Logo of iaiPermissionsJournals.ASM.orgJournalIAI ArticleJournal InfoAuthorsReviewers
Infect Immun. 1996 Apr; 64(4): 1400–1406.
PMCID: PMC173932

Mycobacterium tuberculosis invades and replicates within type II alveolar cells.


Although Mycobacterium tuberculosis is assumed to infect primarily alveolar macrophages after being aspirated into the lung in aerosol form, it is plausible to hypothesize that M. tuberculosis can come in contact with alveolar epithelial cells upon arrival into the alveolar space. Therefore, as a first step toward investigation of the interaction between M. tuberculosis and alveolar epithelial cells, we examined the ability of M. tuberculosis to bind to and invade alveolar epithelial cells in vitro. The H37Rv and H37Ra strains of M. tuberculosis were cultured to mid-log phase and used in both adherence and invasion assays. The A549 human type II alveolar cell line was cultured to confluence in RPMI 1640 supplemented with 5% fetal bovine serum, L-glutamine, and nonessential amino acids. H37Rv was more efficient in entering A549 cells than H37Ra, Mycobacterium avium, and Escherichia coli Hb101, and nonpiliated strain (4.7% +/- 1.0% of the initial inoculum in 2 h compared with 3.1% +/- 0.8%, 2.1% +/- 0.9%, and 0.03% +/- 0.0%, respectively). The invasion was more efficient at 37 degrees C than 30 degrees C (4.7% +/- 1.0% compared with 2.3% +/- 0.8%). H37Rv and H37Ra were both capable of multiplying intracellularly at a similar ration over 4 days. Binding was inhibited up to 55.7% by anti-CD51 antibody (antivitronectin receptor), up to 55% with anti-CD29 antibody (beta(1) integrin), and 79% with both antibodies used together. Update of M. tuberculosis H37Rv was microtubule and microfilament dependent. It was inhibited by 6l.4% in the presence of 10 micron colchicine and by 72.3% in the presence of 3 micron cytochalasin D, suggesting two separate pathways for uptake. Our results show that M. tuberculosis is capable of invading type II alveolar epithelial cells and raise the possibility that invasion of alveolar epithelial cells is associated with the pathogenesis of lung infection.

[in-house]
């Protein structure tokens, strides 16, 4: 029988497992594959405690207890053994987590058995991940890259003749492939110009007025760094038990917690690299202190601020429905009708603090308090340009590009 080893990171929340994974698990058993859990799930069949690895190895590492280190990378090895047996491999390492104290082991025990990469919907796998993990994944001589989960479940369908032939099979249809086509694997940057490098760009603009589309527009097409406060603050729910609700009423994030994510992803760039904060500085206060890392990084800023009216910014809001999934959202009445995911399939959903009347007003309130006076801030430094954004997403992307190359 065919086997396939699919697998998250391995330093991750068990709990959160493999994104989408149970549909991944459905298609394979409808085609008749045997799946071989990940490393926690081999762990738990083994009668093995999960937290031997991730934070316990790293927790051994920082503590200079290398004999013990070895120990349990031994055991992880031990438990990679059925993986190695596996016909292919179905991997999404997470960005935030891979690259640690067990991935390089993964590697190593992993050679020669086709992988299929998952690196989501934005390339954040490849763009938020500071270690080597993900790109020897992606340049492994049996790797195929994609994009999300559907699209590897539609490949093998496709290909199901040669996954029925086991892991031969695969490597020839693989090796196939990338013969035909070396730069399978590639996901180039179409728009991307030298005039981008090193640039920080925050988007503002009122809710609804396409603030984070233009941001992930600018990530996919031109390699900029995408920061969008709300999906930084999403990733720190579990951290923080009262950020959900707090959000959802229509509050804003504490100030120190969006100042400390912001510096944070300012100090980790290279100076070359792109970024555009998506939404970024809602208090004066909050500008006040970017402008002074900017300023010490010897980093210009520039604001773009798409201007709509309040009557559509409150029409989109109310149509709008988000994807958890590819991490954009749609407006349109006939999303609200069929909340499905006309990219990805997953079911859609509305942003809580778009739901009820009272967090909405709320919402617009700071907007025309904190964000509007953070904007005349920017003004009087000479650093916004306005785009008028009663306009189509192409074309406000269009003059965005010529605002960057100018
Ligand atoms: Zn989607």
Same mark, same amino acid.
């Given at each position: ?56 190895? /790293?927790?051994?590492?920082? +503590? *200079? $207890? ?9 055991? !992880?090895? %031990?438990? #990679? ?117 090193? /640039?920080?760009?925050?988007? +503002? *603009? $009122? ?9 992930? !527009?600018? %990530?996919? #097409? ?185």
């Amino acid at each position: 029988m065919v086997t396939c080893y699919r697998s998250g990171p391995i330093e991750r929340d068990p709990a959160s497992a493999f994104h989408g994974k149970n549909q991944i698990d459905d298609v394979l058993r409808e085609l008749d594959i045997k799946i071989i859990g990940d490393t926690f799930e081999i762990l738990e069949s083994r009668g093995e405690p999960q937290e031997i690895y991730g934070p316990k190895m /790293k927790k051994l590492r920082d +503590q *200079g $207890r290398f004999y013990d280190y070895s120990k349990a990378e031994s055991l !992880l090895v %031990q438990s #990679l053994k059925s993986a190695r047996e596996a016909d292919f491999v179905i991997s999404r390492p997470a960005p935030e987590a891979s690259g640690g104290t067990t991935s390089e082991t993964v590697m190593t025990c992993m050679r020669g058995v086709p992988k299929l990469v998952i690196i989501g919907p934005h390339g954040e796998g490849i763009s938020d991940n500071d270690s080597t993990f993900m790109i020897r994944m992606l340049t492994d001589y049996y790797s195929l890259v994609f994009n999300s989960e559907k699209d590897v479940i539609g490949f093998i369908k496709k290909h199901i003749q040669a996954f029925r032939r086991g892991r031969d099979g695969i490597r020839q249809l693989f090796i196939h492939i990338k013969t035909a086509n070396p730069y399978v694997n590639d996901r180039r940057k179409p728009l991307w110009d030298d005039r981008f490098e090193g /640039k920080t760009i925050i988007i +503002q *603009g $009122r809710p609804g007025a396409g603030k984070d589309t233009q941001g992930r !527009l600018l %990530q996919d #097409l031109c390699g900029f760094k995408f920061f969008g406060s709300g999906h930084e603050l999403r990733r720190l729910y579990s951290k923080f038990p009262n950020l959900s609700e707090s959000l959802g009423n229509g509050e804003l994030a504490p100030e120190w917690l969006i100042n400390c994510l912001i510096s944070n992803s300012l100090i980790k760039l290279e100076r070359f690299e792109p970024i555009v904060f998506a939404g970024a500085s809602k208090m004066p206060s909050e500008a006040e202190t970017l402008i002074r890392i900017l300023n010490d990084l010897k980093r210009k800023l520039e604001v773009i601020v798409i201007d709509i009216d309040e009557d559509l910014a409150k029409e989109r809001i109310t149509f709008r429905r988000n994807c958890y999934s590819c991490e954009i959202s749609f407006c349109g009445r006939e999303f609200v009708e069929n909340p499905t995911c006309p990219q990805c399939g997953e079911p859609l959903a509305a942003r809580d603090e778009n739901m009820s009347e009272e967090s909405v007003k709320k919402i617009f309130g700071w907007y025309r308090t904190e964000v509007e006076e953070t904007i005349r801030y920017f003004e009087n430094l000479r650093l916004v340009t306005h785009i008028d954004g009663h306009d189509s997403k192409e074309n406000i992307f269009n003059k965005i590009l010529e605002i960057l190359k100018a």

Full Text

The Full Text of this article is available as a PDF (1.9M).

Selected References

These references are in PubMed. This may not be the complete list of references from this article.
  • Bermudez LE, Young LS. Factors affecting invasion of HT-29 and HEp-2 epithelial cells by organisms of the Mycobacterium avium complex. Infect Immun. 1994 May;62(5):2021–2026. [PMC free article] [PubMed]